Prosecutors are asking the judge overseeing the Wesley Snipes tax evasion case to give the actor three years in prison and a fine of $5 million, even though a jury cleared him of felony charges.
The jury found Snipes guilty of three misdemeanor charges for failing to file a tax return for three years, but cleared him of felony charges of tax fraud and conspiracy along with other misdemeanor charges (see Snipes Not Guilty of Tax Felonies).
U.S. District Judge William Hodges is scheduled to sentence the Blade trilogy star on April 22 in Ocala, Fla. However, the Justice Department has filed court papers asking the judge to impose the harshest sentence possible in order to send a message to other tax defiers who have been paying attention to the high-profile case. Snipes had subscribed to the views of tax defiance proponents who insist that most forms of income tax are unconstitutional.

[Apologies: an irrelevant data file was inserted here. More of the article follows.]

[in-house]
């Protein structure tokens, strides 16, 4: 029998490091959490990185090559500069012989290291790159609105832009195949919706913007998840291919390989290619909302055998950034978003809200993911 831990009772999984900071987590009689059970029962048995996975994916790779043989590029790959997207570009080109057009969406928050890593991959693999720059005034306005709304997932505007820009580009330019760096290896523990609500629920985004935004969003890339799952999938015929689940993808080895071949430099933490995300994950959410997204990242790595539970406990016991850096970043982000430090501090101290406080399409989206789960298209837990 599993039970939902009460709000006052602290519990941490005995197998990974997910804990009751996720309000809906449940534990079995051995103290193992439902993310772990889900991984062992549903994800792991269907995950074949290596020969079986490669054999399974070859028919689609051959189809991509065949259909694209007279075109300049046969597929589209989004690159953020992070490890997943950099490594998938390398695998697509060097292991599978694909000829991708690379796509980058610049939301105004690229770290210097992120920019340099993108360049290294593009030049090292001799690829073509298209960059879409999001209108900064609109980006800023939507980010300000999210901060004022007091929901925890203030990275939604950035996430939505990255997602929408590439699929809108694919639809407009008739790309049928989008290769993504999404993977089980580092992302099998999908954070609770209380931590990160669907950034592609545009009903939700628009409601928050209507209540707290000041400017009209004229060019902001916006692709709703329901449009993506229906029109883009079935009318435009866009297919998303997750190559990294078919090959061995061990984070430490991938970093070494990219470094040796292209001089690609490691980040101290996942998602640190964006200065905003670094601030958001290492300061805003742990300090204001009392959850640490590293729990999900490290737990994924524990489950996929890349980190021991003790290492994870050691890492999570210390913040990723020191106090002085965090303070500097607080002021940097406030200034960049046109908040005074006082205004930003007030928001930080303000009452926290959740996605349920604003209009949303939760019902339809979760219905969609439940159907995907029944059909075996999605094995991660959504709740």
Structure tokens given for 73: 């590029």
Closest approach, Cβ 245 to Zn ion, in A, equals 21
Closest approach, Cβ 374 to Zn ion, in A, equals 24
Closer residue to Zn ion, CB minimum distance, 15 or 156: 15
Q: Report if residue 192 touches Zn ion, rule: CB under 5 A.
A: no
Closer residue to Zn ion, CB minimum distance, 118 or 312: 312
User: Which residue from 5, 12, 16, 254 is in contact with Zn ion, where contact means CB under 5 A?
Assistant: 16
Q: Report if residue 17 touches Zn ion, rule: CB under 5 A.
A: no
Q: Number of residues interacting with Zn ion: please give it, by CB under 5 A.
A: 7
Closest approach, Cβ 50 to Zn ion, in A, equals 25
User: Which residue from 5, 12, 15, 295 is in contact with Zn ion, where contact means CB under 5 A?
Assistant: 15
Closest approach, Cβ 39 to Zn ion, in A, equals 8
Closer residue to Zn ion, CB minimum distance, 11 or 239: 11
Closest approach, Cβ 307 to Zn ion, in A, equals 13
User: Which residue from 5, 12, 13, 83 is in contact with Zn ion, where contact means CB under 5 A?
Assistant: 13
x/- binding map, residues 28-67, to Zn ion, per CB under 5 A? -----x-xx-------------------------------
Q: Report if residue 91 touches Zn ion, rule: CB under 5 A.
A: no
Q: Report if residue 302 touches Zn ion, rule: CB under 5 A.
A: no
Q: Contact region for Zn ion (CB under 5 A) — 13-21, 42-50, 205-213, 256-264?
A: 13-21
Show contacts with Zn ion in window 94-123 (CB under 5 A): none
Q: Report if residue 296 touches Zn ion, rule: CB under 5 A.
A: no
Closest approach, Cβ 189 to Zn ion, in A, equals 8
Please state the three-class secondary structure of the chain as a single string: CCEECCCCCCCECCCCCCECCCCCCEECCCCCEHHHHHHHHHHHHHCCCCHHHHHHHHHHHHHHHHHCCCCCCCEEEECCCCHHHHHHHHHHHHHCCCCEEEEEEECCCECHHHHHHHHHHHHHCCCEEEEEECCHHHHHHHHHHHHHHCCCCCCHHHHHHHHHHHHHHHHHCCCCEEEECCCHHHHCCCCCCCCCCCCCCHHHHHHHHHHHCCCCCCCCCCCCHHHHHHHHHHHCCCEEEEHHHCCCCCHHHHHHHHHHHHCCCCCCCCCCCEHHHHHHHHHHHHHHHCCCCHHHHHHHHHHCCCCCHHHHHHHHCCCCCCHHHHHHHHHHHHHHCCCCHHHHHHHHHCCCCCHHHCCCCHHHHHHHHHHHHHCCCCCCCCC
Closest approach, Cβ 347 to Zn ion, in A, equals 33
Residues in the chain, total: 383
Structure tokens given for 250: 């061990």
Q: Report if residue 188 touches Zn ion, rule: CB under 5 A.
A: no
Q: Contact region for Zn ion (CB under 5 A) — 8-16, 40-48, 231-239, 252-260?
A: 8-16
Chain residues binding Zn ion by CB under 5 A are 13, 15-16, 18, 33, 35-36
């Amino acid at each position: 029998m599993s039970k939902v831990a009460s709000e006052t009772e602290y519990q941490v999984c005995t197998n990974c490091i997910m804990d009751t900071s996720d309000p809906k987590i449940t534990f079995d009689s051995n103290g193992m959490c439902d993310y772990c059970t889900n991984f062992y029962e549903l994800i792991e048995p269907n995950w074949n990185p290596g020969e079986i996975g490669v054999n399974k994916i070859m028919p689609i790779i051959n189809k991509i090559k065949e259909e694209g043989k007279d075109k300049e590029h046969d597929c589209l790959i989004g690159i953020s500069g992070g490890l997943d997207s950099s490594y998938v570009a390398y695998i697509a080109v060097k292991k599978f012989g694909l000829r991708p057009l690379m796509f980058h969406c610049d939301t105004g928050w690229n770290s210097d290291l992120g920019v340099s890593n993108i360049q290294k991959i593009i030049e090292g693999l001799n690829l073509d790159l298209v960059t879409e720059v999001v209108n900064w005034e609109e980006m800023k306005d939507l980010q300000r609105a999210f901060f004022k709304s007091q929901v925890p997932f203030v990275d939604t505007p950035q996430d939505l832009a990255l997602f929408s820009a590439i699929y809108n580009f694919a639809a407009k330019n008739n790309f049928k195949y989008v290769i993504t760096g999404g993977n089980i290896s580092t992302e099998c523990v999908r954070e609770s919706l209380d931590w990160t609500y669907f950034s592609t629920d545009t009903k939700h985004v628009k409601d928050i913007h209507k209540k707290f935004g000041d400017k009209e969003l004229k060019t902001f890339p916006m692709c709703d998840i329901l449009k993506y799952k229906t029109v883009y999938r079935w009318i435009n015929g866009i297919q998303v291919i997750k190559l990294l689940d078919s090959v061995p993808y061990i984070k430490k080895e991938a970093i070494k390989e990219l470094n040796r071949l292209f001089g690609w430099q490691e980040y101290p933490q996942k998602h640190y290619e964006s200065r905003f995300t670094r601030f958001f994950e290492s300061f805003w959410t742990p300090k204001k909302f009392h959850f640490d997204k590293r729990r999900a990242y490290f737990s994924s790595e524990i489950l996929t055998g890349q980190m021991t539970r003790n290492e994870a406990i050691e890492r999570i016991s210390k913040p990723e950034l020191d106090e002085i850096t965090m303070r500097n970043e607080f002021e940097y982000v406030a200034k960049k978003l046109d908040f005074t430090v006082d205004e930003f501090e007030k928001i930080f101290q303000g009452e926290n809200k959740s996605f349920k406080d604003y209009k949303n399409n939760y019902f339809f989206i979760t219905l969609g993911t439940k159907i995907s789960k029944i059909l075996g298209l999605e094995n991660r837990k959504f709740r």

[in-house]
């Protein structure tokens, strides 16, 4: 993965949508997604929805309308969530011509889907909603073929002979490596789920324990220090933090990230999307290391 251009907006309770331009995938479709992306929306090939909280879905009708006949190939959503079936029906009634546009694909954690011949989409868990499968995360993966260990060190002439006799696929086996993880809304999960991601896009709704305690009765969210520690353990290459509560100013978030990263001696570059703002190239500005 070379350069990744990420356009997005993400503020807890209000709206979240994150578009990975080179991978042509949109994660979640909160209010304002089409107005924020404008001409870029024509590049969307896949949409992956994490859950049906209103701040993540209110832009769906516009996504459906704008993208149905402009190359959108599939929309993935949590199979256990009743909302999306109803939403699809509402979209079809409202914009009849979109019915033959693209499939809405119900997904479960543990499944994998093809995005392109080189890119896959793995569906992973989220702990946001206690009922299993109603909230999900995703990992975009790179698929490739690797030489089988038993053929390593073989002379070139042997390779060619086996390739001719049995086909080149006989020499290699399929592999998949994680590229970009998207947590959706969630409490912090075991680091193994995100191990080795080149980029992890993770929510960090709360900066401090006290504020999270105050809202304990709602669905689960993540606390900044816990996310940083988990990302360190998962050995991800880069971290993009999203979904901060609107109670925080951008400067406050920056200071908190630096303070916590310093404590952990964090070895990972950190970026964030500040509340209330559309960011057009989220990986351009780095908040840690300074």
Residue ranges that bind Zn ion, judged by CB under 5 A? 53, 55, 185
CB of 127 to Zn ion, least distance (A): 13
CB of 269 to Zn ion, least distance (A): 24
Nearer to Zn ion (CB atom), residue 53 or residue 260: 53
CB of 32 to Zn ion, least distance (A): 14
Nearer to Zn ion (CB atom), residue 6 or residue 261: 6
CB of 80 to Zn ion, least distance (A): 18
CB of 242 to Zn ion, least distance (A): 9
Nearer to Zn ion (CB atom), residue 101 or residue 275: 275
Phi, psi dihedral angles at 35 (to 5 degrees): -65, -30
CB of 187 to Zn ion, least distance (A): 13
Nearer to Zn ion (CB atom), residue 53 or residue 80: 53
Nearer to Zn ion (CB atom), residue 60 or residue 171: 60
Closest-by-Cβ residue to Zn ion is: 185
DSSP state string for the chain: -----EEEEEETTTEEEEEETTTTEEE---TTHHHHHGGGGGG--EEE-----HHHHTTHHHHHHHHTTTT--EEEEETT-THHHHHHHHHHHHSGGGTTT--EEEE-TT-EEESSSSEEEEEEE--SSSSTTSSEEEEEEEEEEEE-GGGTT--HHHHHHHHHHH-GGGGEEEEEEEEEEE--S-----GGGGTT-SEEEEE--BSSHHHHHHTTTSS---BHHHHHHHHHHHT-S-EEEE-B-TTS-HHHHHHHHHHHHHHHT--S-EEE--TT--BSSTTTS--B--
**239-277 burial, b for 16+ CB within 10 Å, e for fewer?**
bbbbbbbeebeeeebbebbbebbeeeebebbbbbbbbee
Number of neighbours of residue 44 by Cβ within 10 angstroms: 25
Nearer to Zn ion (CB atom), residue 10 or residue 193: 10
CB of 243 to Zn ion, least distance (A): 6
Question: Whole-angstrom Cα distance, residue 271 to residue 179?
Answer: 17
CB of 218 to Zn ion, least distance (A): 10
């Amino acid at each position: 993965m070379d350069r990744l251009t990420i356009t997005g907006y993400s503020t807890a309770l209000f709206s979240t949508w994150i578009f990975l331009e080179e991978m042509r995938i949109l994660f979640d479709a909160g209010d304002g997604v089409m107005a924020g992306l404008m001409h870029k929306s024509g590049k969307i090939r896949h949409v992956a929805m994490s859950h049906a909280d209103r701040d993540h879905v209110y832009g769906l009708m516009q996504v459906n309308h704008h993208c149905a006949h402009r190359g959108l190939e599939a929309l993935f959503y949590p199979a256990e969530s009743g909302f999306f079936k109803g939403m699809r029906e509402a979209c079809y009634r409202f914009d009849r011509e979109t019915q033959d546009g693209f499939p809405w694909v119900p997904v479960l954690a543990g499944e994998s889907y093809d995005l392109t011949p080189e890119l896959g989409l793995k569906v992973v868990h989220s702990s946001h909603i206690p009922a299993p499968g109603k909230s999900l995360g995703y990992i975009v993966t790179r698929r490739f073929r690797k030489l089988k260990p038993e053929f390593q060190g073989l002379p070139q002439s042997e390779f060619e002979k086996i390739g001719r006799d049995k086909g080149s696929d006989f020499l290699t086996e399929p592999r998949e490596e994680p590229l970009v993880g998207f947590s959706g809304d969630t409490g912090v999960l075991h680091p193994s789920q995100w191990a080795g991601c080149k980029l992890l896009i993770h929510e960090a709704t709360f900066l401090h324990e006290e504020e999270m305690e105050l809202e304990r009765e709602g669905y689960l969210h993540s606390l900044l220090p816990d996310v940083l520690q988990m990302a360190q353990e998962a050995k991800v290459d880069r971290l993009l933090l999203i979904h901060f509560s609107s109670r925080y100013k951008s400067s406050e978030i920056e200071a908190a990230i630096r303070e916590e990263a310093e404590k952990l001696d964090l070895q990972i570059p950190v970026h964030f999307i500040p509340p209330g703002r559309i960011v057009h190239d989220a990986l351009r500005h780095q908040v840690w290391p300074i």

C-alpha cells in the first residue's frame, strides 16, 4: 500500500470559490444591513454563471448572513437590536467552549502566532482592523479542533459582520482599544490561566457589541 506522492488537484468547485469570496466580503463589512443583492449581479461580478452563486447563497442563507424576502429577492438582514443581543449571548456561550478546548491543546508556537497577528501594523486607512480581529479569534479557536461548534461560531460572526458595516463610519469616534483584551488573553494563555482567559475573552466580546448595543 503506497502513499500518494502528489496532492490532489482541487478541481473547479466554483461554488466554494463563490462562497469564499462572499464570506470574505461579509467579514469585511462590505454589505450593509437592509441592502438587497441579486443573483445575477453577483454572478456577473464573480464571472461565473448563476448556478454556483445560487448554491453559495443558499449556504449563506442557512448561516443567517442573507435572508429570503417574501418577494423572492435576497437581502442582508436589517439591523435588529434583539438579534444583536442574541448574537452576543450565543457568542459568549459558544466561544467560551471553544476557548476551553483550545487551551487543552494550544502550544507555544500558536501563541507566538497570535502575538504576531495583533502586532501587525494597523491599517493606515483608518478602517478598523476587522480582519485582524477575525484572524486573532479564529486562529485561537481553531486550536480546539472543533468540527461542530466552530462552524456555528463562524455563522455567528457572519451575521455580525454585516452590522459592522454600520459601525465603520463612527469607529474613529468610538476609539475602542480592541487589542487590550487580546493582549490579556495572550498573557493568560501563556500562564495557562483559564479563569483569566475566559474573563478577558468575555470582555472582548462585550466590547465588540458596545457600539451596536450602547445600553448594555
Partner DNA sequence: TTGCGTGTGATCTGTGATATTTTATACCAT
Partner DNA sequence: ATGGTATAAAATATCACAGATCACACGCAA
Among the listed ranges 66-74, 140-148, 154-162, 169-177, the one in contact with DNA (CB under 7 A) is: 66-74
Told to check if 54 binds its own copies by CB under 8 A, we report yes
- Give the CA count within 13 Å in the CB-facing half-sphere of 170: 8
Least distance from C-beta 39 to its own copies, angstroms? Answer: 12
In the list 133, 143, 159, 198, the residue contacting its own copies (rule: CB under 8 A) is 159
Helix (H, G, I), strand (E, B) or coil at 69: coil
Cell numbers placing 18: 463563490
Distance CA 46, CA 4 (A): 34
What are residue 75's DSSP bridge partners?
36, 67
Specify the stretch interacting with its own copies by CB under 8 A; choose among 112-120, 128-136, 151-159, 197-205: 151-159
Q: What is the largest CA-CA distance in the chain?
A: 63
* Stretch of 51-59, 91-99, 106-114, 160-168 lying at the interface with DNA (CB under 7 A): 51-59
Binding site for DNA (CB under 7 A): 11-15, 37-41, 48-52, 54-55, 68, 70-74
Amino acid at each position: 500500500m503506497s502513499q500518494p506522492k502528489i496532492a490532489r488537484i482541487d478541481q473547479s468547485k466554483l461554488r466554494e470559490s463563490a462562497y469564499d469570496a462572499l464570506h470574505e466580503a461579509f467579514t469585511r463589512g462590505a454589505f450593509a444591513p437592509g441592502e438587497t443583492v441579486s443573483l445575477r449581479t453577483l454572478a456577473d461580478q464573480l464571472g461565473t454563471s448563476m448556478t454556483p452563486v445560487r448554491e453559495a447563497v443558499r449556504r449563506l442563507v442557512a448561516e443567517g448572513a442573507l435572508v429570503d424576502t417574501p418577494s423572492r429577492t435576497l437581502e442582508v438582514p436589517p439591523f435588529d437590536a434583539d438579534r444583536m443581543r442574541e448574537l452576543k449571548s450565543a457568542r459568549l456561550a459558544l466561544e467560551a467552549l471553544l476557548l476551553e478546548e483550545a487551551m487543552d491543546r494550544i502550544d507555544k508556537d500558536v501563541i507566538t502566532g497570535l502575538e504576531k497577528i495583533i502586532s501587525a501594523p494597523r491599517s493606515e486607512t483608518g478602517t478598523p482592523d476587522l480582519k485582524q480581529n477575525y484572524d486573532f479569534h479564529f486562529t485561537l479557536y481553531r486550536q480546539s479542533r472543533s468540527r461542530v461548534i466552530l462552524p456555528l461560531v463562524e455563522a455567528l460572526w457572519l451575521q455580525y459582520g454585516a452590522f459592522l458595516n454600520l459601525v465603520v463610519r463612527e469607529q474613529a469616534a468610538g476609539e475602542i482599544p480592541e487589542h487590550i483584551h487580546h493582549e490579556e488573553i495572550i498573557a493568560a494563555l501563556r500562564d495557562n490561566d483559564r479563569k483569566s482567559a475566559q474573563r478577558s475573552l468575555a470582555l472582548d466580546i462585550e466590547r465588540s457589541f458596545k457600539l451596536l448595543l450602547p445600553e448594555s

"The fact that Snipes was acquitted on two felony charges and convicted 'only' on three misdemeanor counts has been portrayed in the mainstream media as a 'victory' for Snipes," said U.S. Attorney Robert E. O'Neill in a 37-page memo.
"The troubling implication of such coverage for the millions of average citizens who are aware of this case is that the rich and famous Wesley Snipes has 'gotten away with it.' In the end the criminal conduct of Snipes must not be seen in such a light," O'Neill added.
"Snipes has become the troubling face of a movement whose members seize upon the slimmest of threads to justify their obstructive tactics," said O'Neill.
Prosecutors claim that Snipes has "escaped paying more than $15 million to the IRS" and tried to deprive the U.S. Treasury of more than $41 million. Snipes had faced charges of failing to file tax returns on at least $58 million he and his movie company earned from 1999 to 2004 and asking the Internal Revenue Service for refunds of $11 million for the taxes he paid in 1996 and 1997. The IRS is pursuing Snipes in civil court to force him to repay all the taxes he owes, with interest.
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